Local time: 07:46
English to Spanish
Relevant Jun 3, 2004

Un saludo.

Pienso que el sentido de la frase se traslada muy bien usando 'relevant'.

Algo como 'has a personal relevance' puede ser más rico que decir 'relevant to me'.

Saludos.


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LegalTransform  Identity Verified
United States
Local time: 08:46
Member (2002)
Spanish to English
+ ...
"...means a lot to me because it has a lot of meaning. Jun 3, 2004

This retains the repetition of mucho/mucho (a lot, a lot) if you want and retains the cuento/cuenta double meaning by shifting it to "cuenta/significa" (means a lot / lot of meaning).

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A Hayes
Australia
Local time: 22:46
TOPIC STARTER
intresting suggestions! here's another one - Jun 5, 2004

Then, starting with the subject matter, for me, a short story like “Pesadillas” matters a lot because it’s full of meaning, because I see it as a sort of allegorical summary, if you like, of the situation Argentina has lived through over the last few years.’ (Readers of Spanish will have access to the full polysemous dimension to the verb ‘contar’, which can mean ‘to say/tell’, ‘to mean’, and/or ‘to matter’. It is virtually impossible to maintain both, content and form – as well as the informality and spontaneity of spoken language – in English. This is a good example of Cortázar’s complex use of language: ) “Entonces, empezando por la temática, un cuento como ‘Pesadillas’ para mí cuenta mucho porque significa mucho, porque me parece una especie de resumen alegórico, si usted quiere, de la situación que se ha vivido en la Argentina en los últimos años.”

[Edited at 2004-06-05 00:55]


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Sol  Identity Verified
United States
Local time: 08:46
Spanish to English
+ ...
Jun 5, 2004

I think the main meaning of "cuenta" here could very well be "it counts", as in the Census catch frase "everybody counts", and not so much the meaning of "telling".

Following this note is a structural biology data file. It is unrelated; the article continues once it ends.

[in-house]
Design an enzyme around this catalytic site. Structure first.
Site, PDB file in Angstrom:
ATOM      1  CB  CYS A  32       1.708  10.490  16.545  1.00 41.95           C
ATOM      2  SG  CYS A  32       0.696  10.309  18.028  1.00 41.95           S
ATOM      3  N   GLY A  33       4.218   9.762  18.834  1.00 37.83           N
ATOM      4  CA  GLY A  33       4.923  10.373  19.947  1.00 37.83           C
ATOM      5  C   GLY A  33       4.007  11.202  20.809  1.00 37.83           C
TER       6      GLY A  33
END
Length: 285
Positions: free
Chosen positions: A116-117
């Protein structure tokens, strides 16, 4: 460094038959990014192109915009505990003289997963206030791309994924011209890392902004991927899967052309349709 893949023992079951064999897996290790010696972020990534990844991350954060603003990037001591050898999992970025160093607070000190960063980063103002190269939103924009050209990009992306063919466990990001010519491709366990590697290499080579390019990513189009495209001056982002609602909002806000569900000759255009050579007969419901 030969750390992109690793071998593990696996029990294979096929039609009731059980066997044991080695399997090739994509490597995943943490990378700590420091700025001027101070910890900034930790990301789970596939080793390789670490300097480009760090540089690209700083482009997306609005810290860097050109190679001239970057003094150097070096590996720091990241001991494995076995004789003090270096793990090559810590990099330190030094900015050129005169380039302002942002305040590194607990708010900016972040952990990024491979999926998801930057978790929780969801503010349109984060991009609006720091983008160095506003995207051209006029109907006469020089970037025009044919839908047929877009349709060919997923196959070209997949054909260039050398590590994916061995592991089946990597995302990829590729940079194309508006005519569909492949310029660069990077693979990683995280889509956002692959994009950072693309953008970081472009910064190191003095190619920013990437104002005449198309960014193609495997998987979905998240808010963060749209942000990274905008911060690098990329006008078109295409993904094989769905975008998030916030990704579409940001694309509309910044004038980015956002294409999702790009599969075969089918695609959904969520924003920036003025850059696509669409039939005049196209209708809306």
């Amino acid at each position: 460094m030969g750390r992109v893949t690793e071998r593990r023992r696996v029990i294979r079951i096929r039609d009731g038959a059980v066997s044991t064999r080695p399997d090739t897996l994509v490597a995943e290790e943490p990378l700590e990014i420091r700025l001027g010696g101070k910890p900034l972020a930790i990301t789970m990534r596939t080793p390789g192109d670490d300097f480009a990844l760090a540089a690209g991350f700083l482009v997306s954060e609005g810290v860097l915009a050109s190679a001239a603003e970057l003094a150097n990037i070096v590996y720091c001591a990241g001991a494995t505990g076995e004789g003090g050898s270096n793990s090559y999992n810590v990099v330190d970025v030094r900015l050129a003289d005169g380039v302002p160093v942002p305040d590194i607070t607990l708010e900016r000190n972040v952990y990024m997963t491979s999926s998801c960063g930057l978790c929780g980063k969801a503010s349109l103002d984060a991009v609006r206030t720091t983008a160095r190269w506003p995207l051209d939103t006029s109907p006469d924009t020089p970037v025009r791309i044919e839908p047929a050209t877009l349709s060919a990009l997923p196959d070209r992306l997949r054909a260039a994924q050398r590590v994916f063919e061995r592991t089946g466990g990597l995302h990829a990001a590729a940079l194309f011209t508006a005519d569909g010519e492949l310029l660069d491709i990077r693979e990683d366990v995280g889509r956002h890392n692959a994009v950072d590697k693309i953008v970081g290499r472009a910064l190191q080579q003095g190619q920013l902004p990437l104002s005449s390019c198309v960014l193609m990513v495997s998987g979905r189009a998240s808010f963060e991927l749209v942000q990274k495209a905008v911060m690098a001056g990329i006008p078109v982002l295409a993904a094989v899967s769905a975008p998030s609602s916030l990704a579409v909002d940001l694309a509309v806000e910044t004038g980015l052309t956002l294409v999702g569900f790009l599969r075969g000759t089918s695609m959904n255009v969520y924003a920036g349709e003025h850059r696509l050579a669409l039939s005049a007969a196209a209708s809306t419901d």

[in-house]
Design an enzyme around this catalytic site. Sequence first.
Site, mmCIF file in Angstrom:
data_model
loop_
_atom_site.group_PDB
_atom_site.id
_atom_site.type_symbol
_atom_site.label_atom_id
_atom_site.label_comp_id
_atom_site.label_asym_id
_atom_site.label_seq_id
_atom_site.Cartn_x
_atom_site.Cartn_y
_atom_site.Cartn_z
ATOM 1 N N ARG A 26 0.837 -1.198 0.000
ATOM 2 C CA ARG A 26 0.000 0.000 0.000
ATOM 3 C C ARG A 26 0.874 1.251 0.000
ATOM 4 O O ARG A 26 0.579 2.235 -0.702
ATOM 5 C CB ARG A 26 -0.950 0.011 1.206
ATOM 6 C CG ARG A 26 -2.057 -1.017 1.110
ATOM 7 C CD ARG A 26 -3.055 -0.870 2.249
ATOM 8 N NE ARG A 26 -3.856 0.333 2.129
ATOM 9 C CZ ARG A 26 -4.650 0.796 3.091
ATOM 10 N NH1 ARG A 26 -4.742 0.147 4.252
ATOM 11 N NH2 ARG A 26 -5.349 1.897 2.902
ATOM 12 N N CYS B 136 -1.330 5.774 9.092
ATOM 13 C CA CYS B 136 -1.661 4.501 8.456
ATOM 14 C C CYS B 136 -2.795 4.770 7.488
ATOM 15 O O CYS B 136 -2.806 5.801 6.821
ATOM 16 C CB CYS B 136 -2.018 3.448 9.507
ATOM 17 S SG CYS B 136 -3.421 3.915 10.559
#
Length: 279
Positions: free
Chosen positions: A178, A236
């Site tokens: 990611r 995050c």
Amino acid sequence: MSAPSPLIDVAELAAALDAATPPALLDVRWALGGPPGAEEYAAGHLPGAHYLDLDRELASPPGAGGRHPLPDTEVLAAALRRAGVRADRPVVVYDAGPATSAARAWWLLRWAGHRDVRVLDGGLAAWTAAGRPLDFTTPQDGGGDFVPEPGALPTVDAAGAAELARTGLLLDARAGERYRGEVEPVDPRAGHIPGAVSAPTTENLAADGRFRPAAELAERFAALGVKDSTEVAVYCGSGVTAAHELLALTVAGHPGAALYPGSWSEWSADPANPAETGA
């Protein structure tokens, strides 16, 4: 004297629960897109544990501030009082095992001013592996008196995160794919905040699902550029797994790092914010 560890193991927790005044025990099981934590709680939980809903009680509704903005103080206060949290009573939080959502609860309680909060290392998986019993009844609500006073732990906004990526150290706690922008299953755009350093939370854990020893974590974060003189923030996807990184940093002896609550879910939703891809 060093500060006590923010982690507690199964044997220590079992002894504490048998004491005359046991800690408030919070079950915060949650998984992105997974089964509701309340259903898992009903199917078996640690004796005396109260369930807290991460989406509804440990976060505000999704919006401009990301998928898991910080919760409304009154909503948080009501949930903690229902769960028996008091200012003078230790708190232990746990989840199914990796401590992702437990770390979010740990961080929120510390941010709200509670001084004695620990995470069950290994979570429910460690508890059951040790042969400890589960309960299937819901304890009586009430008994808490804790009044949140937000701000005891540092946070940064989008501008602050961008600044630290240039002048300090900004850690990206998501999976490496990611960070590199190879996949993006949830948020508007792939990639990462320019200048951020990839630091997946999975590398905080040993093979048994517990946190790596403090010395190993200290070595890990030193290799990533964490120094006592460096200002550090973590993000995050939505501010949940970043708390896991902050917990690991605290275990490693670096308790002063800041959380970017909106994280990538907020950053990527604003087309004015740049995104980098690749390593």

“Entonces, empezando por la temática, un cuento como ‘Pesadillas’ para mí cuenta mucho porque significa mucho, porque me parece una especie de resumen alegórico, si usted quiere, de la situación que se ha vivido en la Argentina en los últimos años.”

"So, starting with the subject matter, a story like "Pesadillas" ["Nightmares"], counts a lot, in my book, for its great significance. To me, it is kind of an allegorical summary, if you like, of the situation in Argentina during the last few years."

Or in other words, "One of the main reasons I place 'Pesadillas' among my top stories is the importance of its subjet matter."


[Edited at 2004-06-05 20:08]


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A Hayes
Australia
Local time: 22:46
TOPIC STARTER
hi, Jun 6, 2004

[quote]Sol wrote:

I think the main meaning of "cuenta" here could very well be "it counts", as in the Census catch frase "everybody counts", and not so much the meaning of "telling".

yes, this is similar to "matter" in my last example. But you're right. You could also say:

'starting with subject matter, Pesadillas is a short story that for me amounts to/counts a lot because it recounts a lot, because I feel it's a kind of allegorical summary, if you like, of...'

or you could even use "account" for "short story" in an attempt to maintain some of the original form...


saludos,

alejandra